Google has amended the policies of its Play app store for Android to prohibit third-party app update mechanisms, in a move seemingly designed to put the kibosh on a contentious feature being tested by Facebook.
As of Friday, the "Dangerous Products" section of the Chocolate Factory's Google Play Developer Program Policies - which prohibits such things as Trojans, viruses, and spyware - now includes an additional sentence:
An app downloaded from Google Play may not modify, replace or update its own APK binary code using any method other than Google Play's update mechanism. Read more...
Google has apparently rethought a change to its Chrome browser that had users up in arms and has restored an older design of its popular New Tab Page in the newest beta of Chrome 27.
Users were overwhelmingly against a revision of Chrome's New Tab Page (NTP) that debuted in Chrome 27 in early April. The new NTP reduced the number of thumbnails of recently visited websites from eight to four, inserted a large Google search box, shifted the Web apps view to a new button near the top of the browser window, and dumped other features, including the ability to view recently closed tabs, from the NTP. Read more...
Google chief exec Larry Page has confirmed his company's techno-spectacles Google Glass will run some form of Android.
During an earnings call yesterday for Google's first-quarter 2013 financial numbers, Page revealed the choice of operating system when asked about the new product and how it would fit in the existing Google stable.
"Obviously, Glass runs on Android, so [Android] has been pretty transportable across devices, and I think that will continue," he said. Read more...
A malfunctioning log-in system affected millions of people's ability to access a variety of Google applications on Wednesday, including Gmail and Drive.
The problem, which lasted for about three hours on Wednesday morning, occurred when the main user authentication system for Google applications was misconfigured.
The improper configuration, introduced on Tuesday, caused log-in requests to be funneled to a small number of servers, which in turn ran out of capacity, and the overload caused them to malfunction. Read more...
Google's placement of its own flight-finding service in search results is resulting in lower click-through rates for companies that have not bought advertising, according to a study by Harvard University academics.
The study provides data for how Google's placement of its own services amid "organic" search results may hurt competitors, which is the focus of an ongoing antitrust case between Google and the European Union.
How paid and non-paid search results are displayed has a powerful sway over consumers, the study found. Ben Edelman, an associate professor at Harvard Business School, and Zhenyu Lai, a Harvard doctoral candidate, looked at when Google began inserting its own Flight Search feature, launched in December 2011, into search results. Read more...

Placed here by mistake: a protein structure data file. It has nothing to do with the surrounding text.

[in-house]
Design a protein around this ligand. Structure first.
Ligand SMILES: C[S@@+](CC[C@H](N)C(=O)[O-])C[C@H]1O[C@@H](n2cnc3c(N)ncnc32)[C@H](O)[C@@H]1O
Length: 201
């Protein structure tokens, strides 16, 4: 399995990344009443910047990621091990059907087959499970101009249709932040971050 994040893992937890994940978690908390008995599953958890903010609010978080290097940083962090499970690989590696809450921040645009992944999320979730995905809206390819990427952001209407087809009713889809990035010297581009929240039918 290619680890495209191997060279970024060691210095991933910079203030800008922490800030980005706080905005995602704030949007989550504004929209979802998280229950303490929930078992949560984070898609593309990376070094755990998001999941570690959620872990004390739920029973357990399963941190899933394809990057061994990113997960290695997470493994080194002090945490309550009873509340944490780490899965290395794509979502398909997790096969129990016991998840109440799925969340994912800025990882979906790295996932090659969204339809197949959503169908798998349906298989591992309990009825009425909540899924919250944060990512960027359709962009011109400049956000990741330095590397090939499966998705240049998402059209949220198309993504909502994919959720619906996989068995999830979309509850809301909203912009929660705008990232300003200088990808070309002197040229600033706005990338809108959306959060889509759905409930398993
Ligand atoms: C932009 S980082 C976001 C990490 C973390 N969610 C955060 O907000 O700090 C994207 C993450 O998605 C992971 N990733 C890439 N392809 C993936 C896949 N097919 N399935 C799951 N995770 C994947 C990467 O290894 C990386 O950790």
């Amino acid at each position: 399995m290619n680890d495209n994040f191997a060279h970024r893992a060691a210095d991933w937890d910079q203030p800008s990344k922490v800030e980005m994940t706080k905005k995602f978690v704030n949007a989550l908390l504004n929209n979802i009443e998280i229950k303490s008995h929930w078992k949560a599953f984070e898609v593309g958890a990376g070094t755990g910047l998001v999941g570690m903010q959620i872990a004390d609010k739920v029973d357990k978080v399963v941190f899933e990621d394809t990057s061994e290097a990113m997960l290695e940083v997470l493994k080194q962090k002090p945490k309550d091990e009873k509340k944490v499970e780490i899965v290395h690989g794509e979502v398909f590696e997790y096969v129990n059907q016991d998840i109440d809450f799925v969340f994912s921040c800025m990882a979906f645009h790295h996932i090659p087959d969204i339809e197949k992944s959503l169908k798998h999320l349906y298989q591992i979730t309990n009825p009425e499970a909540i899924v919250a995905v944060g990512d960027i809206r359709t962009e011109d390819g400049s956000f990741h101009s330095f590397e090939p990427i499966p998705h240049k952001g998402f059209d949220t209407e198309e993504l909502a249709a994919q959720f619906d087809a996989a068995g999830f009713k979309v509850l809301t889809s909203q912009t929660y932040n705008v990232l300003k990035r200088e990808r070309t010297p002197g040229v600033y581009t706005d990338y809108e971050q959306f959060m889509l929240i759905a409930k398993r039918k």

But the company has now denied that this is the case - although it's not clear whether the fact is that talks have ended or that talks were never happening.
Neeraj Arora, WhatsApp's business development head, told AllThingsDigital that the company is in fact "not holding sales talks with Google", though declined to say more than that. Read more...
Early models of Google's wearable computer, Glass, may be manufactured in the U.S., according to a report.
The Glass eyewear, which is still in development, is expected to be built in Silicon Valley, the Financial Times reported, citing unnamed sources. The Times also reported that Google is working on a deal with Hon Hai Precision Industry, the Taiwanese contract manufacturer also known as Foxconn.
The manufacturer would build the computerized eye glasses in Santa Clara, Calif., the Times said.
Google declined to comment on where Glass will be manufactured. Read more...
The new stable version of Chrome, 26.0.1410.43 m for those of you still counting, has baked in the spell check tech The Chocolate Factory uses when you type in its search dialog.
The results, depicted below, add an “ask Google for suggestions” option. Google’s blog announcing the feature shows that feature helping to explain when to use “effect” instead of “affect”.
Google says the new feature is "... powered by the same technologies used by Google search".
Yet when Vulture South’s grammar lab gave the new feature a workout we found it’s not very good at figuring out we’d used “its” when the contraction “it’s” is more appropriate. Nor did sentences in which we used “their” incorrectly as a substitute for the contraction “they’re” or the adverb “there” as an indicator of location produce a useful suggestion from Google’s dictionary.
That sound you just heard was therefore almost certainly a sigh of relief from The Reg’s sub-editorial corps, safe in the knowledge their particular skill remains essential to our ongiong operationses.